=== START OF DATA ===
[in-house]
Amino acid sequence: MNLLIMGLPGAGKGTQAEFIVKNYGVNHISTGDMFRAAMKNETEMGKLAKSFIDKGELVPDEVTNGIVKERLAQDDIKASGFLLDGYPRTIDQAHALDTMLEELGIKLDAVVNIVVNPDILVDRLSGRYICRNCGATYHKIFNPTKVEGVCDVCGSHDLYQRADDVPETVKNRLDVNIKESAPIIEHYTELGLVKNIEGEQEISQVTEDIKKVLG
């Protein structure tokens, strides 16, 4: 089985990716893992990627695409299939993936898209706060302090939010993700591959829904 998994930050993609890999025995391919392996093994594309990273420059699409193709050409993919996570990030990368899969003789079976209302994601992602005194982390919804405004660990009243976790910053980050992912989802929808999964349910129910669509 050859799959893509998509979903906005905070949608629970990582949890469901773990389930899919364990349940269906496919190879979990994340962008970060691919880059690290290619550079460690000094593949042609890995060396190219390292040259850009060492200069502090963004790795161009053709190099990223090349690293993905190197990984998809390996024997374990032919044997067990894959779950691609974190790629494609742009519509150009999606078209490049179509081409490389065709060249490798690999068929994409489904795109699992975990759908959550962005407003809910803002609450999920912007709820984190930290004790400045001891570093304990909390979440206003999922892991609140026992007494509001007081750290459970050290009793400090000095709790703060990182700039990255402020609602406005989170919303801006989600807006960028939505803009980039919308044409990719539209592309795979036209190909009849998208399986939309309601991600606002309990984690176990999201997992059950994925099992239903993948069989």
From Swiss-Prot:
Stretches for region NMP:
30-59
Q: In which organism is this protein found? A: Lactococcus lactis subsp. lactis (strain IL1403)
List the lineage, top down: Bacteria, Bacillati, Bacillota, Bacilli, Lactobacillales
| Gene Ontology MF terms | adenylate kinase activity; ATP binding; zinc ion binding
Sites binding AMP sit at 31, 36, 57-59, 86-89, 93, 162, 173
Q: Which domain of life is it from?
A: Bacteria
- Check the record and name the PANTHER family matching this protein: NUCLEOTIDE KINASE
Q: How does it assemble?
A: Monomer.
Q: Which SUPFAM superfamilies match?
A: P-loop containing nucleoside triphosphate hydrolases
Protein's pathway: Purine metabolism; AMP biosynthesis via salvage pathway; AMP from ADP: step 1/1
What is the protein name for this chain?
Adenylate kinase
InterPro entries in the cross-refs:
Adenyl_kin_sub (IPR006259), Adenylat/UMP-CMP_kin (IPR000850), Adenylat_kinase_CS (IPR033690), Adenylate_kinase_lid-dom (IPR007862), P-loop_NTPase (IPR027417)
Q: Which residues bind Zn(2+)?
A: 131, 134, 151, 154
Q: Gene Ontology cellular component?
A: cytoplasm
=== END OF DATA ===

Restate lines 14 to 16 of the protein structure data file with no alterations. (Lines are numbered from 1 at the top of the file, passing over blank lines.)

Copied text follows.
Q: How does it assemble?
A: Monomer.
Q: Which SUPFAM superfamilies match?